On Minimalism, Part One

Photo by Sarah Dorweiler on Unsplash

When one uses the word ‘minimalist’, it generally causes others to imagine that you are living in an empty apartment with no furniture, you wear the same clothes every day, and limit your material possessions to one-hundred items. The connotations associated with the word minimalist are one of the reasons why people remain sceptical about adopting such a lifestyle. In this brief article, I would like to highlight some things that everyone can learn from minimalism, and while doing so, improve the health of the planet, save money, and become more productive. This is a two-part article, and both this week and the next, I will be giving one lesson on what everyone can learn from minimalism.

Lesson #1 — Stop buying ‘stuff’ for the sake of it.

In my view, minimalism is not about owning a set number of items. Rather, it is about mindfulness, and only owning things that you truly value. While it is true that almost all items serve a purpose, one must consider at what point those items become counter-productive (the economists reading this will recognise this as being the law of diminishing returns). For example, whilst owning one pair of shoes is essential, owning thirty pairs of shoes is not. Consider what adds value to you, and discard the things that do not. If you were to look around your apartment now, looking through all your drawers, your bookshelves, your wardrobe, how many things would you see that you haven’t used within the past year? We hold on to our things for years in fear that we ‘might’ one day need them, though if these items disappeared, likely, you wouldn’t even know that they had disappeared. We hold onto so many pointless items: gifts that serve little purpose, textbooks that we may ‘one-day’ study, clothes that we got on ‘sale’ that we’ve worn once, thousands of papers and bills that we no longer need. By placing so much value on these items we feel that we never have enough. These items cause us stress. These items waste our time. When you get home, take at least 5 minutes to assess what items are fundamental in your life, and donate any items that no-longer serve sufficient purpose to justify the space that they occupy.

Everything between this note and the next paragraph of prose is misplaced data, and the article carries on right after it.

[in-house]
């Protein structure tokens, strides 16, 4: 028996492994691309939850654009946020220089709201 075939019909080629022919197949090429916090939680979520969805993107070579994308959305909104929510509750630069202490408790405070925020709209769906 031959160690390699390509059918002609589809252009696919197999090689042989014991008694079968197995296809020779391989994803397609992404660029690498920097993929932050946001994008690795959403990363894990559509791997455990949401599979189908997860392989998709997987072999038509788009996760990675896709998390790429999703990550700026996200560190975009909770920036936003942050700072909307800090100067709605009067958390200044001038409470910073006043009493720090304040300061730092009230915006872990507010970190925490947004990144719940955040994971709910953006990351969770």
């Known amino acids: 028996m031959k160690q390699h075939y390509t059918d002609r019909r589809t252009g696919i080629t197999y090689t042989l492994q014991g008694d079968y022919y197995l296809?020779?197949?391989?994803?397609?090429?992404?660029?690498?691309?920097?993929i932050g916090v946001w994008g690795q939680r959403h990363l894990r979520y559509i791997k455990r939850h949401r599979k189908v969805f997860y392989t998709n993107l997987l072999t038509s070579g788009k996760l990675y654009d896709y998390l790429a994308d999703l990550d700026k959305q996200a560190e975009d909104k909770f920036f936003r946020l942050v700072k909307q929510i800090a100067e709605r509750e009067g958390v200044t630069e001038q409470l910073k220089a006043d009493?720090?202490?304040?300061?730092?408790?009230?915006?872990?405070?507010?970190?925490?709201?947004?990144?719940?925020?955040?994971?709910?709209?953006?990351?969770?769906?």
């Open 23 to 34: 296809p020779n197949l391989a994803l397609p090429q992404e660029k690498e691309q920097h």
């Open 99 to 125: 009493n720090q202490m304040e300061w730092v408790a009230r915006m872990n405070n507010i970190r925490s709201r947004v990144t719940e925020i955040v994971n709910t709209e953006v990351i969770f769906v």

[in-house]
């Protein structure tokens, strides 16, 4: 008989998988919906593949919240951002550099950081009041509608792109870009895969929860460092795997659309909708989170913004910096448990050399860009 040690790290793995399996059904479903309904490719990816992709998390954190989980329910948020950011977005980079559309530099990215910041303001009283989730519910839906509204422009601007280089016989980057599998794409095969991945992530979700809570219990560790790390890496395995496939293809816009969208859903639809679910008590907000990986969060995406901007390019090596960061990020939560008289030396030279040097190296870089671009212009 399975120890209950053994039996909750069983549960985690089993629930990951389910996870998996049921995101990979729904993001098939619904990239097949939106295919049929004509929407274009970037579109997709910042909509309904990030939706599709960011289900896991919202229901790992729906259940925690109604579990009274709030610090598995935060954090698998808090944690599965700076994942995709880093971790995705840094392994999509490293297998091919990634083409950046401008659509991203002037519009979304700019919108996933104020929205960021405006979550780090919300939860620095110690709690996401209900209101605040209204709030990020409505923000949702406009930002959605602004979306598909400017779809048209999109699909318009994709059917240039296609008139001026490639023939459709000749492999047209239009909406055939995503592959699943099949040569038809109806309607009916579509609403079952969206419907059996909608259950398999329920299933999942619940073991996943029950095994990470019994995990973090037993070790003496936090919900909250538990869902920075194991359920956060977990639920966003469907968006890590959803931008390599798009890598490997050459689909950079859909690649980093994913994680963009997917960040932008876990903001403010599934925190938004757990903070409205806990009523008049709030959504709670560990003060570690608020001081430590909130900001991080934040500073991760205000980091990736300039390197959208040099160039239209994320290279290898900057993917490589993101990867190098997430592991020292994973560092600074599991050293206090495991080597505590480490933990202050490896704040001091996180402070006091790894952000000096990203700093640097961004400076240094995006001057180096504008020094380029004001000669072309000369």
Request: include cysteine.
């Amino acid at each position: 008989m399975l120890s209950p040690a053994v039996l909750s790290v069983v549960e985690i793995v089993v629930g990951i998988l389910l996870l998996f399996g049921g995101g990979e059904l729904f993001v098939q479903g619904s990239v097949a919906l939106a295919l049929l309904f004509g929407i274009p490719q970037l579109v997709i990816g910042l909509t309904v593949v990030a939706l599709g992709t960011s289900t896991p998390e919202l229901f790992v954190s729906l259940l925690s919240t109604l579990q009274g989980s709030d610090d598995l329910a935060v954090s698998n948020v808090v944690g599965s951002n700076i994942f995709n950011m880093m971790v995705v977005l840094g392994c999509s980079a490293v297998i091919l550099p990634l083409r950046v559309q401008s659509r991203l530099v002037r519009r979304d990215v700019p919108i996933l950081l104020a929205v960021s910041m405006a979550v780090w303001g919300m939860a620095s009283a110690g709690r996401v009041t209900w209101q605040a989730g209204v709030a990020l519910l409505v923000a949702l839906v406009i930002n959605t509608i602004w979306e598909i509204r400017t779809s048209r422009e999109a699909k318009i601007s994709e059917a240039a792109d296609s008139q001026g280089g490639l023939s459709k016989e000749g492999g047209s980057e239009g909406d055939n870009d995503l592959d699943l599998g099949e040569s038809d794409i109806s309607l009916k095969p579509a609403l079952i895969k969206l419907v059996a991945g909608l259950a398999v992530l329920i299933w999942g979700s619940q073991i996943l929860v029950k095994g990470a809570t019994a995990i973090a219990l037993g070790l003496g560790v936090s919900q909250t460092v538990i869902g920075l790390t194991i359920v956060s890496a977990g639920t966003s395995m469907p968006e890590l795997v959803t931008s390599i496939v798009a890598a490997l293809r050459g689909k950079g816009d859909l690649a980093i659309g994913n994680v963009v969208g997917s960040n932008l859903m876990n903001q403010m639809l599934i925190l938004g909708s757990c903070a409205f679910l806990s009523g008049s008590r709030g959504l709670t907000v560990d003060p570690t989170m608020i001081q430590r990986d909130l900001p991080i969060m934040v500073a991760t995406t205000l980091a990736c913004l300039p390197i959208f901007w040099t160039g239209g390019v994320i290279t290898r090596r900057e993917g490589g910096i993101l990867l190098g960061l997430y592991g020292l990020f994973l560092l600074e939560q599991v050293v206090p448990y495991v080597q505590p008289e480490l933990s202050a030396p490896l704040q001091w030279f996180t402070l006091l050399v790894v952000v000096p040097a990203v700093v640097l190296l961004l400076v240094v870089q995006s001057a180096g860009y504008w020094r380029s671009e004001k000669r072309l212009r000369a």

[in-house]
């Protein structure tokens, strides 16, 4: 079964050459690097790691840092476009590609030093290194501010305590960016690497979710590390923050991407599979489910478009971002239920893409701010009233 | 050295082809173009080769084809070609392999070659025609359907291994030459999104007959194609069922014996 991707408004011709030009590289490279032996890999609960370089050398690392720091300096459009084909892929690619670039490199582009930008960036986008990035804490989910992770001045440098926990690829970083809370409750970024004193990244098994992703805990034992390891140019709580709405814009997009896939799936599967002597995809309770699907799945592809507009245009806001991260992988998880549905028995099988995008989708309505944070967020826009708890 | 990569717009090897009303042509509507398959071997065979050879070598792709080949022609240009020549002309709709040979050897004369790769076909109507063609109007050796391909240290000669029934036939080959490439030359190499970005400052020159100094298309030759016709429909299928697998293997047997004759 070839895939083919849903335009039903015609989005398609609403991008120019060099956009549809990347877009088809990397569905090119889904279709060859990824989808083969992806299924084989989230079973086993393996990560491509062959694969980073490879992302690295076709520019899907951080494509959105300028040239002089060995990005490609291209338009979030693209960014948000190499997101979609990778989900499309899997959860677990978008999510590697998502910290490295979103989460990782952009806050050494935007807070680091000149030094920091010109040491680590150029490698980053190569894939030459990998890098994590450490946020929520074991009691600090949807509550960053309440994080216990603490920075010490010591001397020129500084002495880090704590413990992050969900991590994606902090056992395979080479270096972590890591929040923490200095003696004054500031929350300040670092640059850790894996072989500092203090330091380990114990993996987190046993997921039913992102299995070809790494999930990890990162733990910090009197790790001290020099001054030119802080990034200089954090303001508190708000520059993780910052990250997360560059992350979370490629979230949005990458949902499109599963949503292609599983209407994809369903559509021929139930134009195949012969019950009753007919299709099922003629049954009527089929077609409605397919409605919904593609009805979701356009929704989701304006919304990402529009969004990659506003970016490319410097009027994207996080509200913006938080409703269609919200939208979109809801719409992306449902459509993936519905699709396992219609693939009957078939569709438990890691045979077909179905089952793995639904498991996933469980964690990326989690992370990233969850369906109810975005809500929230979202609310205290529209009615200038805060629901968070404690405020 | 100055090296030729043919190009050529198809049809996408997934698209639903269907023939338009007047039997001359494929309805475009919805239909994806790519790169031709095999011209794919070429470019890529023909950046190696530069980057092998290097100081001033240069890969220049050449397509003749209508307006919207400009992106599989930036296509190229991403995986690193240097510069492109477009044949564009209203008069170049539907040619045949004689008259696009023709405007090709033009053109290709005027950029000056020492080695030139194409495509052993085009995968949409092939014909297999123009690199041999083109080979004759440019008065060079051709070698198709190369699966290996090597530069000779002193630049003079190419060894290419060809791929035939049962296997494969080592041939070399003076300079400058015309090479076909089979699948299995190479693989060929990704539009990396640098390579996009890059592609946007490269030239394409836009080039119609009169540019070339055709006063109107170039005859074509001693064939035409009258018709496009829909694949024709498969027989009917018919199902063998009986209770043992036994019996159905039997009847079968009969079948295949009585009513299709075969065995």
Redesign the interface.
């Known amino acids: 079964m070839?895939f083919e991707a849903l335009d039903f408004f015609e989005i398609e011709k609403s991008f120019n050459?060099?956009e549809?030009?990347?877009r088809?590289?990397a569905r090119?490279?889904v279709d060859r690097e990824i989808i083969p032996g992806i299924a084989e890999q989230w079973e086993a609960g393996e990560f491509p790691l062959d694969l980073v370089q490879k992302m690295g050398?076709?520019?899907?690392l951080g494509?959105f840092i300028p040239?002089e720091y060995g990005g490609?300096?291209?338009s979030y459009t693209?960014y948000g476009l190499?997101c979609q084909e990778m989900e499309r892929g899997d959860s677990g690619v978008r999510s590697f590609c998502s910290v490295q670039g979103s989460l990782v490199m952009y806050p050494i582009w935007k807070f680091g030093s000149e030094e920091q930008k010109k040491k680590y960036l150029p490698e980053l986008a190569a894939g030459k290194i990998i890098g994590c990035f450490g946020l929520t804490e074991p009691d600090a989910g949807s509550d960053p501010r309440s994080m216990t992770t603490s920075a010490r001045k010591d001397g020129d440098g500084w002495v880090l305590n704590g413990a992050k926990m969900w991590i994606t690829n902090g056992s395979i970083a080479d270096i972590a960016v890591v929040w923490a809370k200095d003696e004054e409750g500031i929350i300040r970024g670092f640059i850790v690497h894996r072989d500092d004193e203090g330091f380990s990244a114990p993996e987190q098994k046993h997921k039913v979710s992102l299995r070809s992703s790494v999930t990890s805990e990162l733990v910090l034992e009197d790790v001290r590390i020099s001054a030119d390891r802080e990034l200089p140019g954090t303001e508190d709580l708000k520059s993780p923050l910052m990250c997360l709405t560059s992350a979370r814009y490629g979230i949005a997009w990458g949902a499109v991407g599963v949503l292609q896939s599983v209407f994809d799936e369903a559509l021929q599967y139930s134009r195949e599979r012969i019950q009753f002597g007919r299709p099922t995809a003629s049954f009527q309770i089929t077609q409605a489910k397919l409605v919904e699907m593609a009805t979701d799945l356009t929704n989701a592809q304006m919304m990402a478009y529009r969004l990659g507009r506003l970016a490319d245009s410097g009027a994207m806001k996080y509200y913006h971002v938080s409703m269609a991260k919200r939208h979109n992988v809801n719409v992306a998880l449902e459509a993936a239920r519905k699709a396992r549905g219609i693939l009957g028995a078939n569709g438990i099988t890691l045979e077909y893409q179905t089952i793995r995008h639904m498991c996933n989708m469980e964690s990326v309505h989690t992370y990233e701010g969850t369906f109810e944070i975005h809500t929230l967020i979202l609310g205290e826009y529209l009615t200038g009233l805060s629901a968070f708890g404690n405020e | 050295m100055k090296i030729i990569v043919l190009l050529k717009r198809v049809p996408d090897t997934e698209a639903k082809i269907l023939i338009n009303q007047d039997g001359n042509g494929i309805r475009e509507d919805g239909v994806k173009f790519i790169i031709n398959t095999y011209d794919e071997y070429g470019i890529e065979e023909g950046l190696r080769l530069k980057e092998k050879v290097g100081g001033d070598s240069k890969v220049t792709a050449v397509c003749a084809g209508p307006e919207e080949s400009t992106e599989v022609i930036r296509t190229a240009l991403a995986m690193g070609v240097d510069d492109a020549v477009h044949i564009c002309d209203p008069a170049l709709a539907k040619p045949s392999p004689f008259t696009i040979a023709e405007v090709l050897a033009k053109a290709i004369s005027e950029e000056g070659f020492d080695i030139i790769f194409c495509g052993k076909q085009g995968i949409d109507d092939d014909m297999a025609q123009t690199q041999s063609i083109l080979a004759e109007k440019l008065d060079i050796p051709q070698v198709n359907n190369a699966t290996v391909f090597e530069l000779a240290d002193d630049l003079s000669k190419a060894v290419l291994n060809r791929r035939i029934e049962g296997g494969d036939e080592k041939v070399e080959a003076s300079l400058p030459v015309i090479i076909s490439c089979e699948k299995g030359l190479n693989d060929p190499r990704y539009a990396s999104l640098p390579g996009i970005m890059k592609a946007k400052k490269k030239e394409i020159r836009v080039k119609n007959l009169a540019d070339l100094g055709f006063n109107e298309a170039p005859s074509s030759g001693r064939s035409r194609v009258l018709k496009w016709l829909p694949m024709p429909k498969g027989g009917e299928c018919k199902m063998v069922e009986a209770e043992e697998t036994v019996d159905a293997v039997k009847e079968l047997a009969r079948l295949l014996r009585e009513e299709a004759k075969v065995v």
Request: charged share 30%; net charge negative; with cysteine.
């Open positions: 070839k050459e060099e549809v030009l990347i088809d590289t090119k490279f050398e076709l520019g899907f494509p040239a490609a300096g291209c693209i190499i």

In today’s consumerist society, where fast-fashion, fast-food, and quick consumption is king, it is easy to be persuaded by the hordes of advertising thrown at us by these large corporations. This Black Friday, resist the sales, which are pushing you to buy pointless things that you would never otherwise have bought by persuading you that you somehow ‘need’ them. If you need them, you would already own them. It is better to spend 3 times as much on items whose quality is 3 times better. Better for you, and better for the planet. This is not an essay on economics, but the incredible thing about our current economic system is that if enough people make this small change, companies will have to adapt to the market (at risk of going bankrupt), leading to a more sustainable economy.

My last point on this topic is that it is better not to buy something, and spend that money on experiences instead. The problem with things is that, while we may be happy with them for a limited period after purchasing them, that initial buzz we feel wears off fast. Think how excited you were when you first got your mobile phone or that item of clothing that you thought looked amazing when you tried it on. How do you feel about it today? It likely feels pretty normal. Another issue with things is that we always feel inadequate when comparing them. Even if you get the latest iPhone, a new one will come out just a few months later, and by definition, the one you own will no longer be the latest. Clothes will go out of fashion. Electronics become obsolete sooner than you think. You’ll lose some items — they could get stolen. Besides, even if you’ve saved for years to buy that car, watch, or wedding, there will always be someone that’s done it better. We should stop attempting to ‘keep up with the Joneses’ since it serves very little purpose. Experiences, on the other hand, have the opposite effect. The more time elapses since they occurred, the more you treasure them. Think back to your family holidays from when you were a child. Think back to your time at school or university and how the knowledge that you acquired shaped your perception of the world. Experiences and knowledge (what Sociologists or economists might call your human capital) are things that no-one can take away from you. They stay will you forever, unlike the temporary nature of things. So next time you’re about to make that impulse purchase then consider, do I really need this? Is it the best use of my money? The answer will probably be no.

Read part two of the story here: https://link.medium.com/9UNNJSwHz2

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I write about economics, philosophy, sociology, urbanism, and anything that interests me at the time.

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Adam Louis Sebastian Lehodey

Adam Louis Sebastian Lehodey

I write about economics, philosophy, sociology, urbanism, and anything that interests me at the time.

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